Arcadia Finance hacker used reentrancy exploit, team demands return of funds

Exploring the Reentrancy Exploit of Arcadia Finance

The Arcadia Finance team released a post-mortem report on July 10th that revealed a reentrancy exploit had been used to drain $455,000 worth of crypto from the decentralized finance (DeFi) protocol. A reentrancy exploit is a bug that allows an attacker to “re-enter” a contract or interrupt it during a multi-step process, preventing the process from being completed correctly.

The team has sent a message to the attacker demanding the return of funds within 24 hours and threatening police action if they fail to comply.

On the morning of July 10th, Arcadia Finance was exploited and drained of $455,000 worth of crypto. Initial analysis from blockchain security firm Peckshield suggested the attacker had used a “lack of untrusted input validation” in the app’s contracts to drain the funds. The Arcadia team denied this and did not offer an explanation. However, the new Arcadia report stated that the app’s “liquidateVault()” function did not contain a reentrancy check. This enabled the attacker to call the function before a health check had been completed, but after the attacker had withdrawn funds. As a result, the attacker was able to borrow funds and not pay them back, draining them from the protocol.

The reentrancy exploit of Arcadia Finance has sparked discussion in the crypto community, as investors in projects such as Shiba Inu, Voyager Crypto, Matic Crypto, Mana Crypto, Waves Crypto, Polkadot Crypto, Pi Crypto, Tectonic Crypto and BTT Crypto, and Chainlink Crypto consider the implications for their investments.

Exploiting Crypto Assets

The team has now paused the contracts and is working on a patch to close the loophole in the crypto world.

The attacker first took a flash loan from Aave, worth of US Dollar Coin (USDC) worth $20,672, and deposited it into an Arcadia vault. Subsequently, they used the vault collateral to borrow $103,210 USDC from an Arcadia liquidity pool using a “doActionWithLeverage()” function, which allows users to borrow funds only if their account can remain healthy by the end of the block.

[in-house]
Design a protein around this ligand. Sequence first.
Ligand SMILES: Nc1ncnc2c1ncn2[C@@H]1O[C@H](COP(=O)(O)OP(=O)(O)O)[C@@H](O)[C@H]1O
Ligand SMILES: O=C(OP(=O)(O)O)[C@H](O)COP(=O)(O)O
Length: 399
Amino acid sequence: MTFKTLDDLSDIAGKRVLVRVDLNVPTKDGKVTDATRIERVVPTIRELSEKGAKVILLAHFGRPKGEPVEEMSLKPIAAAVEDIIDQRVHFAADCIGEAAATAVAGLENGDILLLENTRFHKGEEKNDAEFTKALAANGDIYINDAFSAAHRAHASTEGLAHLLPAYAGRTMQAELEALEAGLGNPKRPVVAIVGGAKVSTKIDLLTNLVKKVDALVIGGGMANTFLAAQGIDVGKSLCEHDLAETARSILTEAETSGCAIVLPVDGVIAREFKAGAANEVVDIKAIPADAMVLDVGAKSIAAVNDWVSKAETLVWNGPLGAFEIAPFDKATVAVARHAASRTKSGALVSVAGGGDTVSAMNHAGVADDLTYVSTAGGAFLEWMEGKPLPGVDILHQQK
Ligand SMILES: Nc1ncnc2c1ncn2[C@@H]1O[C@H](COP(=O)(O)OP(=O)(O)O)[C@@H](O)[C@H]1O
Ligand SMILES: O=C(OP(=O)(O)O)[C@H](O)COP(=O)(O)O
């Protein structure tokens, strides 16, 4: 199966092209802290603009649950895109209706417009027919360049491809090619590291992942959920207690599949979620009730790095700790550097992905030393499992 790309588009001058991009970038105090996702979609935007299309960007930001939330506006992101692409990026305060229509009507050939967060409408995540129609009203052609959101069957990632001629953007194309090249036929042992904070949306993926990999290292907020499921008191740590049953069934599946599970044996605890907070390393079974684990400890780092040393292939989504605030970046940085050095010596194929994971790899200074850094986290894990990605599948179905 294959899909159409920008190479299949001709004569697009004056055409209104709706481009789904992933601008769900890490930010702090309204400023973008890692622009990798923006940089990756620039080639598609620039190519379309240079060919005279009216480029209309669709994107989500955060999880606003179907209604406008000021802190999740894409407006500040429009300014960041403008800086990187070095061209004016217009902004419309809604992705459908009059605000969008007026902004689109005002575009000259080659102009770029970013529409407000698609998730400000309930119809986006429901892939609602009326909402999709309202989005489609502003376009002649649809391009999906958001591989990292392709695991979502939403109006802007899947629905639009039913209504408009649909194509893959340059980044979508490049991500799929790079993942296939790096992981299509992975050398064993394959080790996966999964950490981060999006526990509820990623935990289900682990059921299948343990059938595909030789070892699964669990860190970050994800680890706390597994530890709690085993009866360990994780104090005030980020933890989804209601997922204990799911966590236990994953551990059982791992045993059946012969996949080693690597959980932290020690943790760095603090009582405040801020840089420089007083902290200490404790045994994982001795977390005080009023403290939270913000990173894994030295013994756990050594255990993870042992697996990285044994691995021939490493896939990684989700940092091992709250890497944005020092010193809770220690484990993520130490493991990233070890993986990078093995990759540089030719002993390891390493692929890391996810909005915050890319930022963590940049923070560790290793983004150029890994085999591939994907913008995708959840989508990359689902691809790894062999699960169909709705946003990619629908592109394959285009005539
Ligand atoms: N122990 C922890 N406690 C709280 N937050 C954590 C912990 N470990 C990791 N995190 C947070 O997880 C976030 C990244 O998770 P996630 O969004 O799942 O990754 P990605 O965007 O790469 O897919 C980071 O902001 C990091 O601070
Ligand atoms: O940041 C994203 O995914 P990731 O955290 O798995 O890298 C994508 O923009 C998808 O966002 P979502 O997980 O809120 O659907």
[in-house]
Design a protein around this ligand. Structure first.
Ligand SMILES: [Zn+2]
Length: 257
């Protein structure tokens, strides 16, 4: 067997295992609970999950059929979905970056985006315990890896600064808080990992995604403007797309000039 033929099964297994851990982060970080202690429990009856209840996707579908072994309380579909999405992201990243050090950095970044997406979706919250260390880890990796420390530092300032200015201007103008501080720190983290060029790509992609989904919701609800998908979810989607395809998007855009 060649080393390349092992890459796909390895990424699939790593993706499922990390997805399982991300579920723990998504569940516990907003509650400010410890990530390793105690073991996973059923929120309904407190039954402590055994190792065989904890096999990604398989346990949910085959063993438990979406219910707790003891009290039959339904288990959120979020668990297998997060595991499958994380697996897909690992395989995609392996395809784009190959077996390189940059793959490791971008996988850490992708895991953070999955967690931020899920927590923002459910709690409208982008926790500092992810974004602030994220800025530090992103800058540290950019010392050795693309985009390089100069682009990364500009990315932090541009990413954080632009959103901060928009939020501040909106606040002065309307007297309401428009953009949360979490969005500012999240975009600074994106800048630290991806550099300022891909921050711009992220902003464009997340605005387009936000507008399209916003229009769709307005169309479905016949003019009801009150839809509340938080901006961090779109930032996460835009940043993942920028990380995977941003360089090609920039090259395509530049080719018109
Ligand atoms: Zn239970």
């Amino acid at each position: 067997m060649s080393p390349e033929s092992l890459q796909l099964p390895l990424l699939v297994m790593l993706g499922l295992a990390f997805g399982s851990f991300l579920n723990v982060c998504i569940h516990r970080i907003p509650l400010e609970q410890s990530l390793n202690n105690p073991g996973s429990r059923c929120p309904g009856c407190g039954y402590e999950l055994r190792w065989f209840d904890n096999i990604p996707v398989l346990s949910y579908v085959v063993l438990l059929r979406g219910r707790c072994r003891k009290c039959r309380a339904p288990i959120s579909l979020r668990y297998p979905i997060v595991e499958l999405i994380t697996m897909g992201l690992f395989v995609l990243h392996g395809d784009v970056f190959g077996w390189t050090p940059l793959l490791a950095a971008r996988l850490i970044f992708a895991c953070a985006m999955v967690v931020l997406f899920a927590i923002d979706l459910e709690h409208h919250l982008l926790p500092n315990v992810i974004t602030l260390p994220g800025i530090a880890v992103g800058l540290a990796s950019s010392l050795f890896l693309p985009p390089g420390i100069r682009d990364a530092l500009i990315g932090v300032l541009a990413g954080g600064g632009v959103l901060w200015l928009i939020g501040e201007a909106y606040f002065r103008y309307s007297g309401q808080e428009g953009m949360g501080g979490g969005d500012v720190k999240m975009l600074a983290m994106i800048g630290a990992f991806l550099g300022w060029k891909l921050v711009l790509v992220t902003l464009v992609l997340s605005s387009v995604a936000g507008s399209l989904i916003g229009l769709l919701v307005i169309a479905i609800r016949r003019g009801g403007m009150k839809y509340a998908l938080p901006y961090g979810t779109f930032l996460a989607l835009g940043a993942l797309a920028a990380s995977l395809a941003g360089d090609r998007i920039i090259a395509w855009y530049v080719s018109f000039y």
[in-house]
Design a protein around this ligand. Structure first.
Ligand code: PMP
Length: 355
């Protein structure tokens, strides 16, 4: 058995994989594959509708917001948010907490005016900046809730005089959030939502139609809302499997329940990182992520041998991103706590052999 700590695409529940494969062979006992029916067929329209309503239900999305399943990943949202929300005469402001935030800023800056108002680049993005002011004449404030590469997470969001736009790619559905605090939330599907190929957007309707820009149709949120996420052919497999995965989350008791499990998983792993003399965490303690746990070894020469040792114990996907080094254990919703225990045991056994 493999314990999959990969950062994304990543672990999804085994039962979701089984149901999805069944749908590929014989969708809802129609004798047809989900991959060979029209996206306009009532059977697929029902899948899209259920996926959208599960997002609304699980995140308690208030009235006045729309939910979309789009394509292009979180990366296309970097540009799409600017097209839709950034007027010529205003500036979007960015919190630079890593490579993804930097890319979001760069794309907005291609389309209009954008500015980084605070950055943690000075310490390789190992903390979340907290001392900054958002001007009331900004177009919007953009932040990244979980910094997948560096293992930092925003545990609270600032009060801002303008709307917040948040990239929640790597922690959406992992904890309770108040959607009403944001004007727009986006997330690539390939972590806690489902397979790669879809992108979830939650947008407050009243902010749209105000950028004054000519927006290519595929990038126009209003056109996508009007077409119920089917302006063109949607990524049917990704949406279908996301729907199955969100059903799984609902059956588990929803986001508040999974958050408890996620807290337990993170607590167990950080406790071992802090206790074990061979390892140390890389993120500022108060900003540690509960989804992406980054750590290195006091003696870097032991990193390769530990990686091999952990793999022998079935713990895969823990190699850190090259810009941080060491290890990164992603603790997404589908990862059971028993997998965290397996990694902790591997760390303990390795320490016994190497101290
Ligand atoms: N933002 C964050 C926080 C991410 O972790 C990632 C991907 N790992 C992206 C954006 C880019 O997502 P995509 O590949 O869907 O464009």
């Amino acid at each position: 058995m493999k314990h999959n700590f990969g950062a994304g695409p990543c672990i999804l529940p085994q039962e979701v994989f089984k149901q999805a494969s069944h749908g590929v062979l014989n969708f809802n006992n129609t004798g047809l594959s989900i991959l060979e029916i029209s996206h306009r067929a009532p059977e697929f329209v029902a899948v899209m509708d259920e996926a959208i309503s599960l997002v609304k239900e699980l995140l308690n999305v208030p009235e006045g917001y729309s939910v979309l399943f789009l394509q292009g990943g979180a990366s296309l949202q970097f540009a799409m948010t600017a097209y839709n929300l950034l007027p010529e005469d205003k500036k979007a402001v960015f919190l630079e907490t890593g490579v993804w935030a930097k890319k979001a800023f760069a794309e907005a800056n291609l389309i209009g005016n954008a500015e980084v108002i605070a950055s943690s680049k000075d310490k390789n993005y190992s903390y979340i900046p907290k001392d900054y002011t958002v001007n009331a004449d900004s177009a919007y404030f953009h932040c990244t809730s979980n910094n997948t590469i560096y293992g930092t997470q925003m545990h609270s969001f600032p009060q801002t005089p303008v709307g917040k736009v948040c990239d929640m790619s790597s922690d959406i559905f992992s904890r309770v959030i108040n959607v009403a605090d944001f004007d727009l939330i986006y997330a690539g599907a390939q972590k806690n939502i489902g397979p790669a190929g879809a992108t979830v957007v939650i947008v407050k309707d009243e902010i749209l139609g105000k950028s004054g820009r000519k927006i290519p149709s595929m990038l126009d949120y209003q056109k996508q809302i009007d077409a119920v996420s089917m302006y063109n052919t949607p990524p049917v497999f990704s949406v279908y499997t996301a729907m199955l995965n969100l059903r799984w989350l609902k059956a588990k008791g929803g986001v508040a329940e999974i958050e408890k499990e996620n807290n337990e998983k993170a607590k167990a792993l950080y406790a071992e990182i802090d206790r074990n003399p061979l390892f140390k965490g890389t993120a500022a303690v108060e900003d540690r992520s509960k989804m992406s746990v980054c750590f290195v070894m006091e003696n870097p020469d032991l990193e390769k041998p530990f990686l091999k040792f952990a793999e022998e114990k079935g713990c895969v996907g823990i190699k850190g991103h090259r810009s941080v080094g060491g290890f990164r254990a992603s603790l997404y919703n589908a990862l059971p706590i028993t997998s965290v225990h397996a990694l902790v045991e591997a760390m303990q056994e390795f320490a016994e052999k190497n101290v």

The attacker then deposited the $103,210 into the vault, bringing the total funds to $123,882. They then withdrew all funds, leaving the vault with no assets and $103,210 in debt.

Theoretically, this should have caused all actions to revert, as withdrawing the funds should have caused the account to fail a health check. However, the attacker used a malicious contract to call liquidateVault() before the health check could commence. The vault was liquidated, eliminating all of its debts, leaving it with zero assets and zero liabilities, allowing it to pass the health check.

The Shiba Inu (SHIB), Voyager (VGX), Matic (MATIC), Decentraland (MANA), Waves (WAVES), Polkadot (DOT), Pi (PI), Tectonic (TEC), and BitTorrent (BTT) crypto assets were all exploited in this attack.

Exploit Drains $455,000 from Crypto Pools

An exploit was used to drain a total of $455,000 from crypto pools on Optimism and Ethereum. This occurred when an account passed a health check after all transactions were concluded, and the pool was drained of $103,210. The attacker paid back the loan from Aave within the same block, and then repeated this exploit multiple times.

In its report, Arcadia’s team pushed back against claims that the exploit was caused by untrusted input, stating that this alleged vulnerability was not “the core issue” in the attack. The Arcadia team posted a message to the attacker using the input data field of an Optimism transaction, stating:

Arcadia claimed it had found some promising leads for tracking down the attacker. “Besides obtaining addresses linked to centralized exchanges, we also uncovered links to previous exploits of other protocols such as Shiba Inu, Voyager Crypto, Matic Crypto, Mana Crypto, Waves Crypto, Polkadot Crypto, Pi Crypto, Tectonic Crypto, and BTT Crypto,” they said. “The team is investigating both on-chain and off-chain data to the fullest extent and has multiple leads.”

The crypto space has been grappling with exploits and scams in 2023, as evidenced by the July 5 report from Certik which revealed that over $300 million was lost due to exploits in the second quarter of the year. Among the affected crypto assets were Shiba Inu, Voyager Crypto, Matic, Mana, Waves, Polkadot, Pi, Tectonic, BTT and Chainlink.

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